# Definition:Differential of Mapping/Functional

Jump to navigation
Jump to search

This article needs to be linked to other articles.You can help $\mathsf{Pr} \infty \mathsf{fWiki}$ by adding these links.To discuss this page in more detail, feel free to use the talk page.When this work has been completed, you may remove this instance of `{{MissingLinks}}` from the code. |

## Definition

Let $J \sqbrk y$ be a differentiable functional.

Let $h$ be an increment of the independent variable $y$.

Then the term linear with respect to $h$ is called the **differential** of the functional $J$, and is denoted by $\delta J \sqbrk {y; h}$.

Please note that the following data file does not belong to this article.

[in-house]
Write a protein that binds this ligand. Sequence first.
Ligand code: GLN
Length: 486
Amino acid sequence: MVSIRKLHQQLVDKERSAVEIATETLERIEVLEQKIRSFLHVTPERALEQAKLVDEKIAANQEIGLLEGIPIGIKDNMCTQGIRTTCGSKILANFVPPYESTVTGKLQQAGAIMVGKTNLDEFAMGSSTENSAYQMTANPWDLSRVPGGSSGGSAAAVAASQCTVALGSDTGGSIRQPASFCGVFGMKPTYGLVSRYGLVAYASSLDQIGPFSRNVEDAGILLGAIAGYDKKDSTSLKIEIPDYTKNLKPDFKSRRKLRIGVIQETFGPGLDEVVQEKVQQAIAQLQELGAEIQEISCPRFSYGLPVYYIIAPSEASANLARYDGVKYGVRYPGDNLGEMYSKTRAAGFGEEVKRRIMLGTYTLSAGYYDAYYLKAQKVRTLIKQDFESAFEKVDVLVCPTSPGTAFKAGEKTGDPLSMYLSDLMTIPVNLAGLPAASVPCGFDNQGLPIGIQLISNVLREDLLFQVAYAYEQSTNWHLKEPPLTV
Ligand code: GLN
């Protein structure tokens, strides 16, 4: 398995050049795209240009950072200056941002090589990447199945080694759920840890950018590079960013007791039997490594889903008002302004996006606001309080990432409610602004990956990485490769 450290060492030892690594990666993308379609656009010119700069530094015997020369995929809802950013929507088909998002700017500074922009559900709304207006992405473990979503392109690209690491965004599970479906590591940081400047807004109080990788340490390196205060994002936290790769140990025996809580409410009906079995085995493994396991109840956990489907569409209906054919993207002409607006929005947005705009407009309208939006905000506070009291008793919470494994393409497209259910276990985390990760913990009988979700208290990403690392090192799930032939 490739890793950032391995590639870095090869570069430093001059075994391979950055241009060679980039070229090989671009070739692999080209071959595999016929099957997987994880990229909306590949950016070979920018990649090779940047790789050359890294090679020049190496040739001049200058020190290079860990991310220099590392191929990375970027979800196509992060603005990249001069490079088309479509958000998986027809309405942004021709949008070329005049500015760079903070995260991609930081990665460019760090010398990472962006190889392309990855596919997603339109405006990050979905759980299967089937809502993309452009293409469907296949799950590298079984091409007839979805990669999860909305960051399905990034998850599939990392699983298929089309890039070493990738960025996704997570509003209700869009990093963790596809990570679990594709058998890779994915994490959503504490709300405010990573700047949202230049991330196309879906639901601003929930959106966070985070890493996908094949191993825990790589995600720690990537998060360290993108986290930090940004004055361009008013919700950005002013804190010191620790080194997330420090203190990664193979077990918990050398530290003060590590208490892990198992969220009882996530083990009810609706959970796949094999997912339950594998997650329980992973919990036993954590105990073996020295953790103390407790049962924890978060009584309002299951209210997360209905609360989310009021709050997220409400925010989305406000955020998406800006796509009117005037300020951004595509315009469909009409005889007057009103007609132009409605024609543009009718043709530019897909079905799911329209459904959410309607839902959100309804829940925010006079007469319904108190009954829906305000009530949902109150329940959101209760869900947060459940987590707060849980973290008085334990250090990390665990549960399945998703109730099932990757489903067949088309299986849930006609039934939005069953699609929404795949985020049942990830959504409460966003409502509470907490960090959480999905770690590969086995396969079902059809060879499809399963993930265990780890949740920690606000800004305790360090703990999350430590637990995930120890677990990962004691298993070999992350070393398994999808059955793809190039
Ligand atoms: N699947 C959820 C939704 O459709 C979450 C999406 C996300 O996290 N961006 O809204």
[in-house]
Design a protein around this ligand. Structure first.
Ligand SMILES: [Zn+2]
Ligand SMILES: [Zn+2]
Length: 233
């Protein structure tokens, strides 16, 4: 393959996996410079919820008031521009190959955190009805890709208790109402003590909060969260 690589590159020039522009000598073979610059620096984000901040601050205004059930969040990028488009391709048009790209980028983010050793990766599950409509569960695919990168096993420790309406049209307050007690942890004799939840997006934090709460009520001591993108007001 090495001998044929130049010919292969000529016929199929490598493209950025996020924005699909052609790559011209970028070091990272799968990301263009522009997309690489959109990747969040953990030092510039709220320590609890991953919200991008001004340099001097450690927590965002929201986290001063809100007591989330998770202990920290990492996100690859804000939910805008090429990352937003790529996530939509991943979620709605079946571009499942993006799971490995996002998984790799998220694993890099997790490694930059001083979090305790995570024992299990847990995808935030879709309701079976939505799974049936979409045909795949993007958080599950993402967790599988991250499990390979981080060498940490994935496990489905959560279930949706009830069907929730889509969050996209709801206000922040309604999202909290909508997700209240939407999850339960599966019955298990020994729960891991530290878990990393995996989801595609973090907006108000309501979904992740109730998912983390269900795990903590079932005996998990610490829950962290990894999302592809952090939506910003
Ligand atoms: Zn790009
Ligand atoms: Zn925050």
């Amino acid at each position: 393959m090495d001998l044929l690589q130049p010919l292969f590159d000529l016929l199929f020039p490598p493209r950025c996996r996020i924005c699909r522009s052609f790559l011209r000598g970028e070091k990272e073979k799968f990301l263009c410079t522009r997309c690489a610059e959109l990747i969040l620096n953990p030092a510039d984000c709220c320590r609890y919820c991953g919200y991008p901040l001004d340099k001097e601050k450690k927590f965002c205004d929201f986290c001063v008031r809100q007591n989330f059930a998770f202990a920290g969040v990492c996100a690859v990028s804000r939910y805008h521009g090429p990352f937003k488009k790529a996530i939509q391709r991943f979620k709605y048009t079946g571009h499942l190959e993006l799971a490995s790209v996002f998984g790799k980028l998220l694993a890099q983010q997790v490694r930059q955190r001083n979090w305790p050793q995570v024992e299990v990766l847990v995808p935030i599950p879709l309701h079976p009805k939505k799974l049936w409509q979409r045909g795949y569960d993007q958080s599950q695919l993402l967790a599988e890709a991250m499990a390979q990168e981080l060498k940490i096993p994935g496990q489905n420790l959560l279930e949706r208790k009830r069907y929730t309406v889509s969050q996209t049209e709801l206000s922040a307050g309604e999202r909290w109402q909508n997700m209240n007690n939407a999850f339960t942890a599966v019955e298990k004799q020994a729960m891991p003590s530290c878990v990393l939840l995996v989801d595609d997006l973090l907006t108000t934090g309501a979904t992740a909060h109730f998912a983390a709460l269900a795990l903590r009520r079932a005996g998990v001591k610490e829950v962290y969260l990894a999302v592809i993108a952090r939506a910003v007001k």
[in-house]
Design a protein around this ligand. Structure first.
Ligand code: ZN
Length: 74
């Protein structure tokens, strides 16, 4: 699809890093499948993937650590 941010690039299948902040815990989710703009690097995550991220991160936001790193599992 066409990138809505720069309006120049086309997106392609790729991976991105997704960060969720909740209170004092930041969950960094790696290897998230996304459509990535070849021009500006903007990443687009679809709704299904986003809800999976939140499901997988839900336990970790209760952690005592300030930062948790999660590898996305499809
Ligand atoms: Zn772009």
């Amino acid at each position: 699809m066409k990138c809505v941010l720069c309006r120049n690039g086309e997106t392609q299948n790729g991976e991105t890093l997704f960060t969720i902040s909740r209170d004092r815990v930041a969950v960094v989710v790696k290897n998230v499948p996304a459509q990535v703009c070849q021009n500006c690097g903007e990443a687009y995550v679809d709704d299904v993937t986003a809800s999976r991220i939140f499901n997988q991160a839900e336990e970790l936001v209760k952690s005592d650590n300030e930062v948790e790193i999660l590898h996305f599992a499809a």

## Notes

This page has been identified as a candidate for refactoring of medium complexity.In particular: Extract this into its own pageUntil this has been finished, please leave
`{{Refactor}}` in the code.
Because of the underlying complexity of the work needed, it is recommended that you do not embark on a refactoring task until you have become familiar with the structural nature of pages of $\mathsf{Pr} \infty \mathsf{fWiki}$.To discuss this page in more detail, feel free to use the talk page.When this work has been completed, you may remove this instance of `{{Refactor}}` from the code. |

For a differentiable functional is holds that:

- $\Delta J \sqbrk {y; h} = \phi \sqbrk {y; h} + \epsilon \size h$

where $\phi$ is linear with respect to $h$.

Thus:

- $\delta J \sqbrk {y; h} = \phi \sqbrk {y; h}$

## Also known as

The **differential** $\delta J \sqbrk {y; h}$ is also known as the (**first**) **variation**.

## Sources

- 1963: I.M. Gelfand and S.V. Fomin:
*Calculus of Variations*... (previous) ... (next): $\S 1.3$: The Variation of a Functional. A Necessary Condition for an Extremum